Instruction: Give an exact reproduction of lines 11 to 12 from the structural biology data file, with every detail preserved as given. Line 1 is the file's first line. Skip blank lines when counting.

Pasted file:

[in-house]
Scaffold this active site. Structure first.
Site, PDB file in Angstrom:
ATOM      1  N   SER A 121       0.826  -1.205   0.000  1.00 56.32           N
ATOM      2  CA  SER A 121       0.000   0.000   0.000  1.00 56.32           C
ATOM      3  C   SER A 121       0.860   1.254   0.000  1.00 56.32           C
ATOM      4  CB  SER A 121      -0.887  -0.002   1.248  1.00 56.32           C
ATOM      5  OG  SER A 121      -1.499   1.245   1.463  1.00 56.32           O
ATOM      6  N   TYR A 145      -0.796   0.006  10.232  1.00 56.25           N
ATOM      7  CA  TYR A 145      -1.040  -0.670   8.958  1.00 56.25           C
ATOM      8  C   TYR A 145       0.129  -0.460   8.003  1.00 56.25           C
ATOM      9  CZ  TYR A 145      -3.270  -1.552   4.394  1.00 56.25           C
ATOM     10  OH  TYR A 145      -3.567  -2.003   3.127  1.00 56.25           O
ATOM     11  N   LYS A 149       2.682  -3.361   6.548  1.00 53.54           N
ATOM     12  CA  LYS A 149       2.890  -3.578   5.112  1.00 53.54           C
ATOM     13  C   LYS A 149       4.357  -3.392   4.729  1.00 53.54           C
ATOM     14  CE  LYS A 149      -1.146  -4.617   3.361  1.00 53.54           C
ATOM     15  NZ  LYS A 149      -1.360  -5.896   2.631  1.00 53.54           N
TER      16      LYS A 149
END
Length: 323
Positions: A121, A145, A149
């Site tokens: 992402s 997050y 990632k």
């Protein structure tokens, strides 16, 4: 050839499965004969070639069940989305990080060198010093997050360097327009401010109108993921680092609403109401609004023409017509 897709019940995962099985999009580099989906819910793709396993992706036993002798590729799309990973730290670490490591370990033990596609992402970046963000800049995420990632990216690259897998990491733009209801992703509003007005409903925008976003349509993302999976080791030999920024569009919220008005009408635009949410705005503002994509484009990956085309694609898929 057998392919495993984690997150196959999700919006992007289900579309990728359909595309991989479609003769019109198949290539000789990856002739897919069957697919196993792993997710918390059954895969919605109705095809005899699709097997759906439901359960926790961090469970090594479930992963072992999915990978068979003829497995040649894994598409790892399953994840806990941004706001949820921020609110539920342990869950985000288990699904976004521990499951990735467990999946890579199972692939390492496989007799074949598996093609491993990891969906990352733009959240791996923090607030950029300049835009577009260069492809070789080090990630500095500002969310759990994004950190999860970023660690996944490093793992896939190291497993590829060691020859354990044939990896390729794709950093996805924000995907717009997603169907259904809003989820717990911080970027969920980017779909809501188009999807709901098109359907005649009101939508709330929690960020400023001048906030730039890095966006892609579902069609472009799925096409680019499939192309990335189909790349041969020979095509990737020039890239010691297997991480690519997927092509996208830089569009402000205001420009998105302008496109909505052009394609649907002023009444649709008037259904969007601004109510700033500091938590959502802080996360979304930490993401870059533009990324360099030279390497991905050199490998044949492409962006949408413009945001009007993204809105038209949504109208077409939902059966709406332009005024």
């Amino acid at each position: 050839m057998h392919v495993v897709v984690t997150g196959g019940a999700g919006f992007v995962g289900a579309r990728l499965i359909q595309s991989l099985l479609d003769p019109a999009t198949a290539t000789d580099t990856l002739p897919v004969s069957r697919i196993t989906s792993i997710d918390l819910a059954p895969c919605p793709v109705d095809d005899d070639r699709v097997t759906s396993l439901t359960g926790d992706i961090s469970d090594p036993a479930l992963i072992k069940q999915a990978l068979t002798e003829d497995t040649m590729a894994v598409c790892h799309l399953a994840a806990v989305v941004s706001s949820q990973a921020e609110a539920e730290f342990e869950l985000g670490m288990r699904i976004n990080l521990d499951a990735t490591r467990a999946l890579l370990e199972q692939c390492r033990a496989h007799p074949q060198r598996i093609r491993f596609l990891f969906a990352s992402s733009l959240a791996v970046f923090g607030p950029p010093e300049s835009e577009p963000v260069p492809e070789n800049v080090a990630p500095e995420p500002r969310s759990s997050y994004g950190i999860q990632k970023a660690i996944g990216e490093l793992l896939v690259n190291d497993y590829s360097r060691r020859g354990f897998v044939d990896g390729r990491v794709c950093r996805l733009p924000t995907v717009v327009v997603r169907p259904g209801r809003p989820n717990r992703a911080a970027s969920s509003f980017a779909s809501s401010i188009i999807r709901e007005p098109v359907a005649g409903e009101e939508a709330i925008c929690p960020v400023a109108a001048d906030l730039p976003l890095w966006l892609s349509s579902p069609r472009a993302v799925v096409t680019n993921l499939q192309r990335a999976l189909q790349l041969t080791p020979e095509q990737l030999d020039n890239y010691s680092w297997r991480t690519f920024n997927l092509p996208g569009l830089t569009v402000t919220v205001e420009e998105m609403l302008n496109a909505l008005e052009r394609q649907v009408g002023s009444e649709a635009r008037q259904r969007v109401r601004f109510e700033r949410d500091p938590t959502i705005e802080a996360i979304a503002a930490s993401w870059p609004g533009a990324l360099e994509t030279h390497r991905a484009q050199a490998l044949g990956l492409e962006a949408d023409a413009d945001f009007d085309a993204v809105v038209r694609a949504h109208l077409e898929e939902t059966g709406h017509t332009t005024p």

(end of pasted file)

ATOM      8  C   TYR A 145       0.129  -0.460   8.003  1.00 56.25           C
ATOM      9  CZ  TYR A 145      -3.270  -1.552   4.394  1.00 56.25           C